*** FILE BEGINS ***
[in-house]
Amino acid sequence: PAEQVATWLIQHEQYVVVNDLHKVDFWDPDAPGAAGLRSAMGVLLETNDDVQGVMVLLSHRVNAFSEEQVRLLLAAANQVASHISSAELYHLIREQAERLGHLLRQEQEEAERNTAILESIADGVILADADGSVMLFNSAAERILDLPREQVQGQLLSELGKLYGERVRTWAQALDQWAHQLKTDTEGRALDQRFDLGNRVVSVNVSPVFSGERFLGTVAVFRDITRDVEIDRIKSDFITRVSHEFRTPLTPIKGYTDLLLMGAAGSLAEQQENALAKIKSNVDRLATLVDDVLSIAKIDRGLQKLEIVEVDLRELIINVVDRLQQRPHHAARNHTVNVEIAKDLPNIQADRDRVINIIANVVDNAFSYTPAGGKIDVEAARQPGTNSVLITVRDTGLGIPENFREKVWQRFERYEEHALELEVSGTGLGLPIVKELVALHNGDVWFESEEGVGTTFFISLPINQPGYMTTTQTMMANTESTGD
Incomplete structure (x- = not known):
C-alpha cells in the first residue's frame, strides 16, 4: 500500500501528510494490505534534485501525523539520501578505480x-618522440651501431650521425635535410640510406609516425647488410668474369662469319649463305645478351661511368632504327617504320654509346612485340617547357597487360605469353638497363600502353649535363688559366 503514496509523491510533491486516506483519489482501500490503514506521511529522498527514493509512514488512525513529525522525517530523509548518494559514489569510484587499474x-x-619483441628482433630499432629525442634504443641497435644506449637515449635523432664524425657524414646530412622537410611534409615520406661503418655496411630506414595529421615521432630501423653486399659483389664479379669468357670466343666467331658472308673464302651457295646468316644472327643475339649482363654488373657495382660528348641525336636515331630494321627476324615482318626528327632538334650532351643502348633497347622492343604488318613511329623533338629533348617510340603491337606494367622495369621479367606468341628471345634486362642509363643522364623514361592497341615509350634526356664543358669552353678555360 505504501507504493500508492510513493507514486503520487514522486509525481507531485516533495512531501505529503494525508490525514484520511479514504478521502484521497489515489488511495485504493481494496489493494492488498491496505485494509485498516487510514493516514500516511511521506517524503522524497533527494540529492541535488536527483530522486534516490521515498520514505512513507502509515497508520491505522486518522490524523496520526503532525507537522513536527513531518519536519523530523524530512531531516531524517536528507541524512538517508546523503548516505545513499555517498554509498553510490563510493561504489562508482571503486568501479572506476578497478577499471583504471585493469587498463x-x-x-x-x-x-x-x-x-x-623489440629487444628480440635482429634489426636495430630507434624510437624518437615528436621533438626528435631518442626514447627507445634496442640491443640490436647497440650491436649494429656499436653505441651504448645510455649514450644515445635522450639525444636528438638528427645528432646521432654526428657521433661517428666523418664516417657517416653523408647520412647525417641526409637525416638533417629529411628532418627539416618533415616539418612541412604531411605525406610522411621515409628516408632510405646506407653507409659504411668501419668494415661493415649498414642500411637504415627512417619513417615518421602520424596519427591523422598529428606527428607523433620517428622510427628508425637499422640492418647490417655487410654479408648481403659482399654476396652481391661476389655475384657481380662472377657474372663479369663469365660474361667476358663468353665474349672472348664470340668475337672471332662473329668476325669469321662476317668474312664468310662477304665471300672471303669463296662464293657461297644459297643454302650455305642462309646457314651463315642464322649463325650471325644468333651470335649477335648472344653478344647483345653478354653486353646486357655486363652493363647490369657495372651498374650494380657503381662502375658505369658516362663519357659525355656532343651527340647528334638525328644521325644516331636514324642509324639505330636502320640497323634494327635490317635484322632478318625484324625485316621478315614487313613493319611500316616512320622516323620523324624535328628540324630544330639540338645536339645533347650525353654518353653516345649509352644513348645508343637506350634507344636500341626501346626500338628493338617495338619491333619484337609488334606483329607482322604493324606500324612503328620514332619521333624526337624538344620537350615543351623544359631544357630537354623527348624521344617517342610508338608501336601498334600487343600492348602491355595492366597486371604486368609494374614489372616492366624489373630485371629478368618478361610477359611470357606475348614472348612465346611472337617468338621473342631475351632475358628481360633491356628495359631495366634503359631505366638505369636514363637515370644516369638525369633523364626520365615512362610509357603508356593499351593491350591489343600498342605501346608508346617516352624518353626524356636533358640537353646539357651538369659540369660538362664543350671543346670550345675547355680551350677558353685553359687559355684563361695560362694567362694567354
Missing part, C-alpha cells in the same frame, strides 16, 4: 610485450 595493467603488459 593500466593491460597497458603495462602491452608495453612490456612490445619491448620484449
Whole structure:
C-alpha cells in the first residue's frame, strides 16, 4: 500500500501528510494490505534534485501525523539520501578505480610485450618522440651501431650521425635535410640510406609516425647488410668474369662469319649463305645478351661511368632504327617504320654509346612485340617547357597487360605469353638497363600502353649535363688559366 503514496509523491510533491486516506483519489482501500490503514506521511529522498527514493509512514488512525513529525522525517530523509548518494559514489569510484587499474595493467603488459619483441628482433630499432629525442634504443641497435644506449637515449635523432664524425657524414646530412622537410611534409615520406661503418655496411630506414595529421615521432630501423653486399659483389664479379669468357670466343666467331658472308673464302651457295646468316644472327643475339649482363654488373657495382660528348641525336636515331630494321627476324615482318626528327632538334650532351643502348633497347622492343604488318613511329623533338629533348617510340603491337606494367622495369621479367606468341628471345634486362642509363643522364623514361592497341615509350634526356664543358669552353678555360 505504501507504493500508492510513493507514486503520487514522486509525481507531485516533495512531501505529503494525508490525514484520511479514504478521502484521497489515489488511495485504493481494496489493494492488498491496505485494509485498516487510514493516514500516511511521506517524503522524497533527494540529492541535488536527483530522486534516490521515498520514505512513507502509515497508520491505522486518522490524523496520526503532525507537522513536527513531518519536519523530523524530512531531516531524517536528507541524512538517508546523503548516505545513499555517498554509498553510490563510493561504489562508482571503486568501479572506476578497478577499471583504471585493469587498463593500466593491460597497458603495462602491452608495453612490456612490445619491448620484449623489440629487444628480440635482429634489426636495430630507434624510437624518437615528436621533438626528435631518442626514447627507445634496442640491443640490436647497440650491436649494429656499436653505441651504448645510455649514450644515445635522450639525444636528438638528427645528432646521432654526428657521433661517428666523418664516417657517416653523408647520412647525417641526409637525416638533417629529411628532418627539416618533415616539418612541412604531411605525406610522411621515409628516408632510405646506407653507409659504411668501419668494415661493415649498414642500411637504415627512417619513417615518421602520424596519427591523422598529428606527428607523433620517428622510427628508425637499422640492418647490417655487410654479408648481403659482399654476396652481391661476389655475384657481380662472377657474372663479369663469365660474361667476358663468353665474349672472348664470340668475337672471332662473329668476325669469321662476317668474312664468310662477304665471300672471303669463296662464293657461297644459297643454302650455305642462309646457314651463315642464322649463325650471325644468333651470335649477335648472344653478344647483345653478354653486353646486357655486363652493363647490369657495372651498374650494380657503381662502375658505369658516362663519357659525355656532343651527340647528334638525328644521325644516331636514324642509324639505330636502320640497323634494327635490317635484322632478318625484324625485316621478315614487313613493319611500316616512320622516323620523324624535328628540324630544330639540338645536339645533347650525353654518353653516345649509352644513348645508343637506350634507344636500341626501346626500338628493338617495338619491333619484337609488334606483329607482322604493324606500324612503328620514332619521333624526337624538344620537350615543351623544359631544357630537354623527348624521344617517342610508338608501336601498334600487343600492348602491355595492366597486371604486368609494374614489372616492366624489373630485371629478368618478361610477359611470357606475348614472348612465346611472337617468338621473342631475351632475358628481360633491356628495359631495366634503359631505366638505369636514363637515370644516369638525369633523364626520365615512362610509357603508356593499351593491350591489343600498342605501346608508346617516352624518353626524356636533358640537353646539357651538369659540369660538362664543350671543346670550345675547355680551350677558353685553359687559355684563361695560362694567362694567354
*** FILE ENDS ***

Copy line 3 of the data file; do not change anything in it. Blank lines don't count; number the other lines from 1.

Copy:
Incomplete structure (x- = not known):